BBC: How to dine ‘out’ during Covid-19 . “All over the world, people affected by the coronavirus pandemic are turning to the internet and finding food-related ways to navigate this new territory together.”
Washington Post: Before the coronavirus epidemic, they didn’t know how to cook. Now they are scrambling to learn.. “With restaurants closed across more than two dozen states — though takeout and delivery are still available in many places — employment uncertainty and grocery store shelves periodically barren, a growing number of people are watching online tutorials, FaceTiming parents, and asking experts on Instagram and Twitter for help in an end-of-days-like scramble to learn how to cook.” If you’re in this situation, may I recommend the YouTube Channel You Suck at Cooking? Informative, tasty, surreal, and very funny. For you vegans out there, check out Pick Up Limes. Makes me hungry every time I watch.
Robb Report: Michelin-Starred Chef Massimo Bottura Launches Free ‘Kitchen Quarantine’ Cooking Classes on Instagram . “If you ever wanted to sharpen your culinary skills, there may be no better time than now. Not only is preparing a home-cooked meal a happy distraction from a certain world crisis, it’s also nourishing for your body, mind and soul. Lucky for you, one of the world’s best chefs is now serving up free cooking classes directly to your smartphone.”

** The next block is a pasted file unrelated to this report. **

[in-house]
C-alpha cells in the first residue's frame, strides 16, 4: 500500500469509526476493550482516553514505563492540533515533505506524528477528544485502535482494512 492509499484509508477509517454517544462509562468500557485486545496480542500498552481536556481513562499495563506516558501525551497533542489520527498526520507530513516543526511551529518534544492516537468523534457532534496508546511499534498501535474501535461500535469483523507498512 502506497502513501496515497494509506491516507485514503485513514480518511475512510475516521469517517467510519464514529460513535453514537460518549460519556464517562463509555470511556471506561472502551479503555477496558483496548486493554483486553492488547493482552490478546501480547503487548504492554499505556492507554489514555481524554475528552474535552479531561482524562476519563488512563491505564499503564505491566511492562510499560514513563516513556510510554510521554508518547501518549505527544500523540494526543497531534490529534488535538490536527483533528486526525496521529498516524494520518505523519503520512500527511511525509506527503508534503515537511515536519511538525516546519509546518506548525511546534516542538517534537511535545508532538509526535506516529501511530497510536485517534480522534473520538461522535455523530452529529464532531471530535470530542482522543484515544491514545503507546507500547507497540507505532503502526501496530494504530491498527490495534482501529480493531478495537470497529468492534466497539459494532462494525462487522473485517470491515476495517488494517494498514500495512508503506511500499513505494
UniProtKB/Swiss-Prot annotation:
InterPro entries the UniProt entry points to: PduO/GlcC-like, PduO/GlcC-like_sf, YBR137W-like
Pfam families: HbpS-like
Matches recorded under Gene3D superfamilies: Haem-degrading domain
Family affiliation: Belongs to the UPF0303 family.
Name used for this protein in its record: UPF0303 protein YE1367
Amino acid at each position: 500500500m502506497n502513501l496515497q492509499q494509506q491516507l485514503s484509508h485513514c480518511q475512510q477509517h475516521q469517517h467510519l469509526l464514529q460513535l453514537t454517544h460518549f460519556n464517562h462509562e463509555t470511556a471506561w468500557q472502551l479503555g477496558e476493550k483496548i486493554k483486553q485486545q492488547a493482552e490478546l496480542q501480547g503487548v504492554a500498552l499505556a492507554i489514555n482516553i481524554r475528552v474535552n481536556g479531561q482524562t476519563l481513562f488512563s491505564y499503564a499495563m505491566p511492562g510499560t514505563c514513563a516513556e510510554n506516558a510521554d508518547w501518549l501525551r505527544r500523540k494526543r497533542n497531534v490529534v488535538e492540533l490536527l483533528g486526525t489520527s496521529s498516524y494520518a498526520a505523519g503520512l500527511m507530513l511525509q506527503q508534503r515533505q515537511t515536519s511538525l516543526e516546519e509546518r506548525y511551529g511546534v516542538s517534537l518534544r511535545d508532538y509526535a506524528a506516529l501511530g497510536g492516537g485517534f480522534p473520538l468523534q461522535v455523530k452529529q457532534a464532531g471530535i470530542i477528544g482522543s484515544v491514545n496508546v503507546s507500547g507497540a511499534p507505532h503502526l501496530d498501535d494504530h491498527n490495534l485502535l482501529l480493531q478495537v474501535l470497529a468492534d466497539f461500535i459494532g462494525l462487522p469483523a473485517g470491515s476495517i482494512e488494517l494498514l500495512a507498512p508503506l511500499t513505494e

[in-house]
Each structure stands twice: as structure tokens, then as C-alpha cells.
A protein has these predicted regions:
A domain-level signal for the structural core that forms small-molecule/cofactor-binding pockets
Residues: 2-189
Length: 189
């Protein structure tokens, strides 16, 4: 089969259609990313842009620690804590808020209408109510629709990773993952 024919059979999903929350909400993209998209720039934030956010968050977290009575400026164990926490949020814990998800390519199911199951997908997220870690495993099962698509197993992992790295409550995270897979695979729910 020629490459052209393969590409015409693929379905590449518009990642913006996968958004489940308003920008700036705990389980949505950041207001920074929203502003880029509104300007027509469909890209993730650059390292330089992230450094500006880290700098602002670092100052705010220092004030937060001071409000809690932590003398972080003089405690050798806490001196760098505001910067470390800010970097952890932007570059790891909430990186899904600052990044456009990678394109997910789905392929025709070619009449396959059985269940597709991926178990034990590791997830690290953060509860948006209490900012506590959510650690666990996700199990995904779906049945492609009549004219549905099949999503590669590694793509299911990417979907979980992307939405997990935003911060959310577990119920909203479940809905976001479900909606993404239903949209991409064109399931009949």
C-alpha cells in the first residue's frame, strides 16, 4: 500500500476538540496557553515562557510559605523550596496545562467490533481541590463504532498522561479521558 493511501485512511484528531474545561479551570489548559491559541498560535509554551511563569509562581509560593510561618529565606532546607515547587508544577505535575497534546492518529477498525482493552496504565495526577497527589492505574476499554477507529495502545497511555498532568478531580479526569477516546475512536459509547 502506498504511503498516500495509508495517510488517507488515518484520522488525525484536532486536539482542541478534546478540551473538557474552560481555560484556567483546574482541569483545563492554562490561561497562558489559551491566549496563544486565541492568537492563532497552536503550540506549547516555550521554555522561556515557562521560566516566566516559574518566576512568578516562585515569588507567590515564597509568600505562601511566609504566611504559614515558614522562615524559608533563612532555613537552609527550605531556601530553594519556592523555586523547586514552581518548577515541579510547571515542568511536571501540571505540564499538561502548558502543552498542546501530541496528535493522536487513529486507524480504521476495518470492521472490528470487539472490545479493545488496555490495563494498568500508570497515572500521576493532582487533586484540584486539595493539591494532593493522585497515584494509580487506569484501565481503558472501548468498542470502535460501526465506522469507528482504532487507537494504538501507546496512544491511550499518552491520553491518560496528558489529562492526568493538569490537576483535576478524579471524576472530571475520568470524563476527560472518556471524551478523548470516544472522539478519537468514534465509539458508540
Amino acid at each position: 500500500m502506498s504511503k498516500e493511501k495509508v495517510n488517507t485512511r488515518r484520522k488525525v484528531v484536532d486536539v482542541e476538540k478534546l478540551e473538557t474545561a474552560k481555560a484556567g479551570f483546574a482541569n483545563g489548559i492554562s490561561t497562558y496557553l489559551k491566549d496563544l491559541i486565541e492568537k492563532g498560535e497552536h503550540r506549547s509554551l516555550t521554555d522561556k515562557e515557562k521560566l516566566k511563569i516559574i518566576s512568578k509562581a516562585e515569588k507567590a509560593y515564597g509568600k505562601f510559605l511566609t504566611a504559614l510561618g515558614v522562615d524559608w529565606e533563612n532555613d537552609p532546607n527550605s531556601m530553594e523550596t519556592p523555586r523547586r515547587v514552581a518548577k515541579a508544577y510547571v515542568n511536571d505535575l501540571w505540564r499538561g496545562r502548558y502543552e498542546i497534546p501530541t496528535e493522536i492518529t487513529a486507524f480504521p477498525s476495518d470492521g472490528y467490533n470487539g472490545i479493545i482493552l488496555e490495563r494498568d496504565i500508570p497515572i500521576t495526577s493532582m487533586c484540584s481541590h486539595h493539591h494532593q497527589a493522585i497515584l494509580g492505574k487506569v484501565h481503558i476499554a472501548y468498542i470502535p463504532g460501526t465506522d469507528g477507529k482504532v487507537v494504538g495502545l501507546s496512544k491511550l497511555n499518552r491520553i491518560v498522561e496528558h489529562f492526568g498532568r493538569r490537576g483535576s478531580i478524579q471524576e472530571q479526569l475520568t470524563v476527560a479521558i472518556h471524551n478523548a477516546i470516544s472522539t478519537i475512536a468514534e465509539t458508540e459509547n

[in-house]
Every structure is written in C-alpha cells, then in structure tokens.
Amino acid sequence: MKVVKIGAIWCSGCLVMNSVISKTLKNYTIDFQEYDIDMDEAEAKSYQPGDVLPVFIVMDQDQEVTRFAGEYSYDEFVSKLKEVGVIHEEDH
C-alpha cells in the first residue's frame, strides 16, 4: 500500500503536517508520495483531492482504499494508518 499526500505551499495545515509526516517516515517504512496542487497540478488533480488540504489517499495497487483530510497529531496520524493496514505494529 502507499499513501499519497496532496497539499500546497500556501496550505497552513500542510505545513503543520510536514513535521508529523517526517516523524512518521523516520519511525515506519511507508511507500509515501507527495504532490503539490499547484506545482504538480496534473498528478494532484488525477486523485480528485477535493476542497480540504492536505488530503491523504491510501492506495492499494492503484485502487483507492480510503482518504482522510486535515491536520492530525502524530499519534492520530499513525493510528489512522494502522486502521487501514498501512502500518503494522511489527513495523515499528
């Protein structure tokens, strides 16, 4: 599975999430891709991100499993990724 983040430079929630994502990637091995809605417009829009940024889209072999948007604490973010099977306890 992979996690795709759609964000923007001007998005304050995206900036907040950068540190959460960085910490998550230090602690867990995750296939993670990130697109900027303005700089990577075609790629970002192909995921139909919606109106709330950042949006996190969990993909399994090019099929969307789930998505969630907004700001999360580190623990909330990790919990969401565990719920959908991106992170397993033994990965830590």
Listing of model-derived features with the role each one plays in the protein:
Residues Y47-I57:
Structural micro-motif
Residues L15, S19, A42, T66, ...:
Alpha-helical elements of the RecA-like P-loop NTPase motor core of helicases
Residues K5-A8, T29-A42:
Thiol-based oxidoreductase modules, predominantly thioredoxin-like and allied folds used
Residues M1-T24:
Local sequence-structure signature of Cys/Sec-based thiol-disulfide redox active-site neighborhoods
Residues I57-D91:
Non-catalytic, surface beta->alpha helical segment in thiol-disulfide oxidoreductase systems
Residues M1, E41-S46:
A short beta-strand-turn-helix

The Takeout: Largest archive of Mexican cookbook manuscripts available for consumption online. “If you love Mexican food and are curious about how it came to be, click right on over to the University of Texas-San Antonio library, which has digitized much of its extensive Mexican cookbook collection, including 48 handwritten manuscripts.”
AI Weirdness: AI + Vintage American cooking: a combination that cannot be unseen. “I began to wonder if I would actually be able to tell the difference between the neural net recipes and the real thing. Jello was supposed to be easy-to-prepare, after all – maybe through repetition an advanced neural net like GPT-2 would learn how to make basic jello, and then anything it would decide to chuck in there would be technically reasonable. Maybe it would even coalesce on an ideal form, one that distilled human invention down to its essentials. No, as it turns out.” Creamy biscuits filled with ALLERGY ZOMBIES!
RealScreen: PBS Digital Studios launches food-focused YouTube channel PBS Zest. “PBS Digital Studios has launched its food-focused, documentary-style YouTube channel PBS Zest as part of the studio’s ‘themed channel strategy,’ which will bring together curated content from PBS member stations across the U.S.”